4. The improvement of fluid flow monitoring apparatus comprising a sensor for measuring the dielectric constant of the fluid to detect changes in the dielectric constant resulting from contamination of the fluid, said sensor comprising a metallic pipe forming an outer capacitor plate of a dielectric constant measuring circuit, a ceramic tube positioned within said pipe and spaced therefrom to define an annular fluid flow conduit therebetween, said conduit being'free of obstructions to fluid flow to minimize buildup of foreign materials or the adverse eifect of varying flow velocities, a metallic coating within said ceramic tube forming an inner capacitor plate of the dielectric constant measuring circuit, temperature compensation means within said ceramic tube comprising a column of mercury having a height dependent upon the temperature of the fluid for varying the capacitance of the sensor to compensate for changes in the dielectric constant of the fluid due to temperature variations in the fluid, and a transmitter positioned within an explosionproof and weather-proof housing supported on said pipe, said transmitter comprising a variable frequency oscillator connected to the sensor capacitor plates such that the frequency of said oscillator is determined by the dielectric constant of the fluid flowing through said sensor, a fixed frequency oscillator, signal mixing means connected to the variable and fixed frequency oscillators for mixing their outputs to provide a beat frequency, and counting means connected to the output of said signal mixing means and responsive to said beat frequency to provide a DC. control signal having an amplitude proportional to said beat frequency.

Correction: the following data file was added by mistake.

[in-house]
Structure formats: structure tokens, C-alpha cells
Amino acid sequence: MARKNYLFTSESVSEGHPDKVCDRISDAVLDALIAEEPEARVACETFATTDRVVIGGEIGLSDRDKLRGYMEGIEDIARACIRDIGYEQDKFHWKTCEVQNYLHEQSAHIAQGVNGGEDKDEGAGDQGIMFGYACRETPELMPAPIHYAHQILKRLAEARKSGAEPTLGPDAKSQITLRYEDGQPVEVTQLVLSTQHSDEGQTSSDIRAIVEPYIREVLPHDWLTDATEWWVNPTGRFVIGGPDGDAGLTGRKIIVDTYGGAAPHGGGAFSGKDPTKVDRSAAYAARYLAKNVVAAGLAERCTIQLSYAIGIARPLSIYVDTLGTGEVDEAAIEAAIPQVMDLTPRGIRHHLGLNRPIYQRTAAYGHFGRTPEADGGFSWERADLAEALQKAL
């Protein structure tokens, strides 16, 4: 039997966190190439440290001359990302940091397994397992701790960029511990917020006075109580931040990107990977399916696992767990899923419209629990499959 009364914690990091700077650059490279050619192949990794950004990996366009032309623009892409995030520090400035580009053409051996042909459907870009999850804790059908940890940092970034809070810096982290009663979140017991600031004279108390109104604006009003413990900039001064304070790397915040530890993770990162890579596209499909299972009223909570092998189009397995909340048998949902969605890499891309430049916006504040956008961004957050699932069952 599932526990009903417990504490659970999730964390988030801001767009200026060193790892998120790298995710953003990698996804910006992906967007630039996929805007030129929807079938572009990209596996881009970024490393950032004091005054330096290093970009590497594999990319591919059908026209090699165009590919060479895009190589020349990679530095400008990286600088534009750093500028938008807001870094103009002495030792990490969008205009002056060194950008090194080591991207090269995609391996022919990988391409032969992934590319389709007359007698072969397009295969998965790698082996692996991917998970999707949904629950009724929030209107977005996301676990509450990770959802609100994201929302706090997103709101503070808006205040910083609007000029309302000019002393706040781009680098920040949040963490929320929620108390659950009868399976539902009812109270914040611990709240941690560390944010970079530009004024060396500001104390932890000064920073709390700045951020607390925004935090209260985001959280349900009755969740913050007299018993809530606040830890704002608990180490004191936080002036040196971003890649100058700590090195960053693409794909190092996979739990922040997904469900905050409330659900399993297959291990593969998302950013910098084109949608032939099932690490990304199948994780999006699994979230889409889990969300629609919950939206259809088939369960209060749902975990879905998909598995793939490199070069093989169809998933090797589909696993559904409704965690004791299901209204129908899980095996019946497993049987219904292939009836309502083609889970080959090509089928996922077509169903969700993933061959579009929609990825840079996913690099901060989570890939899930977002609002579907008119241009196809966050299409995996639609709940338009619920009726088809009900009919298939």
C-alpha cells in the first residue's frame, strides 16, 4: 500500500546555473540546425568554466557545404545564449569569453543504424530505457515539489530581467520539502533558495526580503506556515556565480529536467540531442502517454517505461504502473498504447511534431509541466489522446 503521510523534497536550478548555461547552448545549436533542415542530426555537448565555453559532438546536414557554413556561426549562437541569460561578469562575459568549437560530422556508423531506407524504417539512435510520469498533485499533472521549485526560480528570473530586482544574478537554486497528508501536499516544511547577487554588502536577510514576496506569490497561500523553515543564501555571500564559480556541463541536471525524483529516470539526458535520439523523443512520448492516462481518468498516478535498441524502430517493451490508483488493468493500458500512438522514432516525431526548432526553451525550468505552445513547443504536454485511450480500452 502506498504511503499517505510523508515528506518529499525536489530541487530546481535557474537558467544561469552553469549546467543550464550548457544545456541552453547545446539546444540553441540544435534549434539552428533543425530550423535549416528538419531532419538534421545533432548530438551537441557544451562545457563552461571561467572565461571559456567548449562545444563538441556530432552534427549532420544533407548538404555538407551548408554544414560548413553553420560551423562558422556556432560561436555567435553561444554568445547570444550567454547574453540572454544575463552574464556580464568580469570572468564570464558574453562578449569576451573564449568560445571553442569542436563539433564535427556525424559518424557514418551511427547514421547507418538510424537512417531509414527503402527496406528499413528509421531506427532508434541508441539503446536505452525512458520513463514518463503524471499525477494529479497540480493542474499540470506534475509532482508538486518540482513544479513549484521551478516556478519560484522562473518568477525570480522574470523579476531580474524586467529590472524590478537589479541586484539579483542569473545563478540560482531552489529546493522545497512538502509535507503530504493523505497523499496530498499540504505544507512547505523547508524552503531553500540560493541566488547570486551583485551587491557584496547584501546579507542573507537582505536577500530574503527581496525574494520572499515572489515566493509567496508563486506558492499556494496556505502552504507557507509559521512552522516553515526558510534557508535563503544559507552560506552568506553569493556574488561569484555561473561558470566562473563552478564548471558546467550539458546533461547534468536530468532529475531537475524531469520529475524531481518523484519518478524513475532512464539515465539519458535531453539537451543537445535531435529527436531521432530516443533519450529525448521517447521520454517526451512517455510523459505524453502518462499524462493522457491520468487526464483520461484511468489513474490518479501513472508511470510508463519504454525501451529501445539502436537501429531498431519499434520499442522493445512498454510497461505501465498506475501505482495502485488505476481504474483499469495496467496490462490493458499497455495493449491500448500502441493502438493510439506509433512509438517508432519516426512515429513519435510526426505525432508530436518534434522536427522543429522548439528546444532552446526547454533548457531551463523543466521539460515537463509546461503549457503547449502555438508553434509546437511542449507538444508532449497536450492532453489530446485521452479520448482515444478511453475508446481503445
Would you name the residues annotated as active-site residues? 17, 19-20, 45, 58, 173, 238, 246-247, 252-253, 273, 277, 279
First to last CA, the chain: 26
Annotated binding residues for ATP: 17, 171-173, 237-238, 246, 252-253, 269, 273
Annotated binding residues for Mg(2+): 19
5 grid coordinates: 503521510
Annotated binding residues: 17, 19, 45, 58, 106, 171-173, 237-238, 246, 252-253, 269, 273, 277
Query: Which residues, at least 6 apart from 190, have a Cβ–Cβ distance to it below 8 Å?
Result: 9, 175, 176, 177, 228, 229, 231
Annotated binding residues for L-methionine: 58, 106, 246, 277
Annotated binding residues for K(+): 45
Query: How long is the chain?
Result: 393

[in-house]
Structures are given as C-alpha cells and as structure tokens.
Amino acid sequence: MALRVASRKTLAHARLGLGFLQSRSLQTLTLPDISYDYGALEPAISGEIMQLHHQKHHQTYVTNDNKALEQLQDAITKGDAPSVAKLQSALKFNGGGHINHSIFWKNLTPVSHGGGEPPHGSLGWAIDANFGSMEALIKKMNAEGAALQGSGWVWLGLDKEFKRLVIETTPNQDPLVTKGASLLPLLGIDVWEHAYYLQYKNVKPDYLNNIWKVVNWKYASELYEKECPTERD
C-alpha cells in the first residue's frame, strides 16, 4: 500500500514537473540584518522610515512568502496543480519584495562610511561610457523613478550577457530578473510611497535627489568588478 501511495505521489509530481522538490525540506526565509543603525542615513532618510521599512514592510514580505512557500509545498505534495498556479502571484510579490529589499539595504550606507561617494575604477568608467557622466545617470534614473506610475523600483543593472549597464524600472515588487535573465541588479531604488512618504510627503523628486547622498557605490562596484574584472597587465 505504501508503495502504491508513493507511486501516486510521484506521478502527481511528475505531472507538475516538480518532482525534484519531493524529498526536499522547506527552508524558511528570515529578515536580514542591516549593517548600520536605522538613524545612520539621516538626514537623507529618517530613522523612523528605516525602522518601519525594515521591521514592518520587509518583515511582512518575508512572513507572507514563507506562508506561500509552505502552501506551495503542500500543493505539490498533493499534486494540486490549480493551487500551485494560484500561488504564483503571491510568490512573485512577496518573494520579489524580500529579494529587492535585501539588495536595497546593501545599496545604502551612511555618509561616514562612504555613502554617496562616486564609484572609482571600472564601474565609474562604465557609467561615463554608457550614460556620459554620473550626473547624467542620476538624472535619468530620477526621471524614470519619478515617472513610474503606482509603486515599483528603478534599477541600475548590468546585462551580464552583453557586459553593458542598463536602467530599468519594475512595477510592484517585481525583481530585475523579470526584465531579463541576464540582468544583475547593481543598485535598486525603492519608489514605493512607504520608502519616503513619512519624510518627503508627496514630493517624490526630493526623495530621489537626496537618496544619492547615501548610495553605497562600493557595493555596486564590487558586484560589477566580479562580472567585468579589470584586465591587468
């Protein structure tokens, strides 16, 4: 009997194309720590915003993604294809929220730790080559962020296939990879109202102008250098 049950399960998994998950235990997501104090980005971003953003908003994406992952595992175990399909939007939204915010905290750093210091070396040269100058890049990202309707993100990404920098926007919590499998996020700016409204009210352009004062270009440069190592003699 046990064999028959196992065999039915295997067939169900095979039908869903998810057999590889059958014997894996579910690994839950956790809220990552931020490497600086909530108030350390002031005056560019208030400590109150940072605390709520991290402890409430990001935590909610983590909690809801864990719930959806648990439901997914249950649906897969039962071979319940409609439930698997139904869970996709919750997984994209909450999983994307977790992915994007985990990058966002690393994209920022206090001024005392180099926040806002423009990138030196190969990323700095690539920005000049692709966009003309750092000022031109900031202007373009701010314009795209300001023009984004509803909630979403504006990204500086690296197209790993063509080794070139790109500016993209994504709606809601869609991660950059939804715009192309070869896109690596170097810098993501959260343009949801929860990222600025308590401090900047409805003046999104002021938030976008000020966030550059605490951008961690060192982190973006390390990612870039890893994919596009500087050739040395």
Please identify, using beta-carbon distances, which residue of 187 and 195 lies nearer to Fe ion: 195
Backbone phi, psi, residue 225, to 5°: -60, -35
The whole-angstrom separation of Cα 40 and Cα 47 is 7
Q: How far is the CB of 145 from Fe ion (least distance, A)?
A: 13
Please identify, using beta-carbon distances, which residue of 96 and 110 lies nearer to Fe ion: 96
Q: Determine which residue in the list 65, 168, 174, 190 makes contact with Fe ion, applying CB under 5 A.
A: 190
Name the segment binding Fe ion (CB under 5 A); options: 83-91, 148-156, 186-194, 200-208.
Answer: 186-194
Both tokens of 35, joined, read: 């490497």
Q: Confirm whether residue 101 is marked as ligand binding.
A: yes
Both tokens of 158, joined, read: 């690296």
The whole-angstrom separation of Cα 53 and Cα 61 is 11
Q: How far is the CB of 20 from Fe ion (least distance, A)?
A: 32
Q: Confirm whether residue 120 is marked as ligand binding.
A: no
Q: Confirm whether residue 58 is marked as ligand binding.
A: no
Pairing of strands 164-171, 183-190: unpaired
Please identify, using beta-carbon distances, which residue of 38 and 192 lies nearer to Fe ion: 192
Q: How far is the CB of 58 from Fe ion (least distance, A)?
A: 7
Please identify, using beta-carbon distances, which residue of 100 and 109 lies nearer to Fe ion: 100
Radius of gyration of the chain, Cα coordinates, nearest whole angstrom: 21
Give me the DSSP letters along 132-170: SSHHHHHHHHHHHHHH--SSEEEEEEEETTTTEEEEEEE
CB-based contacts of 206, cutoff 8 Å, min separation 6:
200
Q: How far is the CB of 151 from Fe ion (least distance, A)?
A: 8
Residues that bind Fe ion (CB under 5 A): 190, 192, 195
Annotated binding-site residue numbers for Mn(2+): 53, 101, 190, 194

5. The improvement of fluid flow monitoring apparatus comprising a sensor for measuring the dielectric constant of the fluid to detect changes in the dielectric constant resulting from contamination of the fluid, said sensor comprising a metallic pipe forming an outer capacitor plate of a dielectric constant measuring circuit, a non-metallic tube positioned within said pipe and spaced therefrom to define an annular fluid flow conduit therebetween, said conduit being free of obstructions to fluid flow to minimize build-up of foreign materials or'the adverse effect for varying flow velocities, metallic means within said non-metallic tube forming an inner capacitor plate of the dielectric constant measuring circuit, and a transmitter positioned within an explosion-proof and weather-proof housing supported on said pipe, said transmitter comprising a variable frequency oscillator connected to the sensor capacitor plates such that the frequency of said oscillator is determined by the dielectric constant of the fluid flowing through said sensor, a fixed frequency oscillator, signal mixing means connected to the variable and fixed frequency oscillators for mixing their outputs to provide a beat frequency, and counting means connected to the output of said signal mixing means and responsive to said beat frequency to provide a DC. control signal having an amplitude proportional to said beat frequency.